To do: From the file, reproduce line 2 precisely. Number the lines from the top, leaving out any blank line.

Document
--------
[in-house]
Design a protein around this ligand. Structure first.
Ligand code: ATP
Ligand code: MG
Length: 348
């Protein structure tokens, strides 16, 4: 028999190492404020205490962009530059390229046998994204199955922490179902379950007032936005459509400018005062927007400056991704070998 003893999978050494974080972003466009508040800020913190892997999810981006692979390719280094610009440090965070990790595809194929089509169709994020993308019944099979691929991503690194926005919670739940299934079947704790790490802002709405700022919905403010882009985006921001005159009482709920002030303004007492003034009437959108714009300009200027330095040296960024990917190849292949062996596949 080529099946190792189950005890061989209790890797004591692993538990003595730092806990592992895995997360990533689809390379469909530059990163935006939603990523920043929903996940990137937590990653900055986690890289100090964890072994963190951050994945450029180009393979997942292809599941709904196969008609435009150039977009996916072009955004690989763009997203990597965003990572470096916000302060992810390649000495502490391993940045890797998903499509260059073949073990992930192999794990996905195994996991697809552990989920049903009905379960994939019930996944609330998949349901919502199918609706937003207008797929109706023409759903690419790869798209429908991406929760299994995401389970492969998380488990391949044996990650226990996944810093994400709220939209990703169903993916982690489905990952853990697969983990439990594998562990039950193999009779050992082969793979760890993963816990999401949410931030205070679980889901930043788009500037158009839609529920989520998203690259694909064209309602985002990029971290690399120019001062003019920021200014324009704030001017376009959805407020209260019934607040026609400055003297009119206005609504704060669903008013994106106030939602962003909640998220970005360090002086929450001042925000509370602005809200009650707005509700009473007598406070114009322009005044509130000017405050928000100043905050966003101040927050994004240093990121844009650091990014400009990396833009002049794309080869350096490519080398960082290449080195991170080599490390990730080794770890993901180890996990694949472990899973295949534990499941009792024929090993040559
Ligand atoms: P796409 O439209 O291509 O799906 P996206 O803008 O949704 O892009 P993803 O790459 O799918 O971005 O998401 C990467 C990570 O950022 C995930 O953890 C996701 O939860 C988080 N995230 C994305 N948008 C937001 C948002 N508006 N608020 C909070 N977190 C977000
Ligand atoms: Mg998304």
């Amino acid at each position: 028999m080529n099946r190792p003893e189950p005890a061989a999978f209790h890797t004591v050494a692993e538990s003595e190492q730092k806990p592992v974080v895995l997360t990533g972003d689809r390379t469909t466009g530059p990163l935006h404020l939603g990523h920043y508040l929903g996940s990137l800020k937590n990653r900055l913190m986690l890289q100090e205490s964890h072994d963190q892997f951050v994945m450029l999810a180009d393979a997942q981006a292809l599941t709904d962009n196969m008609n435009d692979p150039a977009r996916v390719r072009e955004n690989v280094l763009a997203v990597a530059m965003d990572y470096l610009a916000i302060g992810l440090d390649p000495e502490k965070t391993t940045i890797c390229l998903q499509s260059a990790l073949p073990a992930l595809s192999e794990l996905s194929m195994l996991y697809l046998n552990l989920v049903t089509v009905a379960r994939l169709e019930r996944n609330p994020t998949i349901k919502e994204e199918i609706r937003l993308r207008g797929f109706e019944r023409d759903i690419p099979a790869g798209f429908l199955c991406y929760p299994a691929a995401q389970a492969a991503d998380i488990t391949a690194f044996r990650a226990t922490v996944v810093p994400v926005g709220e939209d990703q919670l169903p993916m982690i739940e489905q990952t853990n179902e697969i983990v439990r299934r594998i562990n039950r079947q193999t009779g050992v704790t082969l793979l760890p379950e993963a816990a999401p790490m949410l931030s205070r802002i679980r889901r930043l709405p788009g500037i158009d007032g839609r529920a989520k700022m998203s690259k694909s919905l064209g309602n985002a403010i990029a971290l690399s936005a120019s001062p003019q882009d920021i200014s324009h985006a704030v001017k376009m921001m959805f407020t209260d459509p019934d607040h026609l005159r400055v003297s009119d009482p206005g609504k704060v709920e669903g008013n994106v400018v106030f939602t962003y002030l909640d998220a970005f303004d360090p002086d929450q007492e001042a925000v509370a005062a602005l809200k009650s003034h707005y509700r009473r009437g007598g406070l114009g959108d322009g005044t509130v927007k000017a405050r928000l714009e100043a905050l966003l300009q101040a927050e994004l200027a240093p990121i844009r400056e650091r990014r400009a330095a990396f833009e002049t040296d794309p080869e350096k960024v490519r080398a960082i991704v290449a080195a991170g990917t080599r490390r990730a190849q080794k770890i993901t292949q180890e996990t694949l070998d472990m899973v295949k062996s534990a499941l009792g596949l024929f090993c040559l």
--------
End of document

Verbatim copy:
Design a protein around this ligand. Structure first.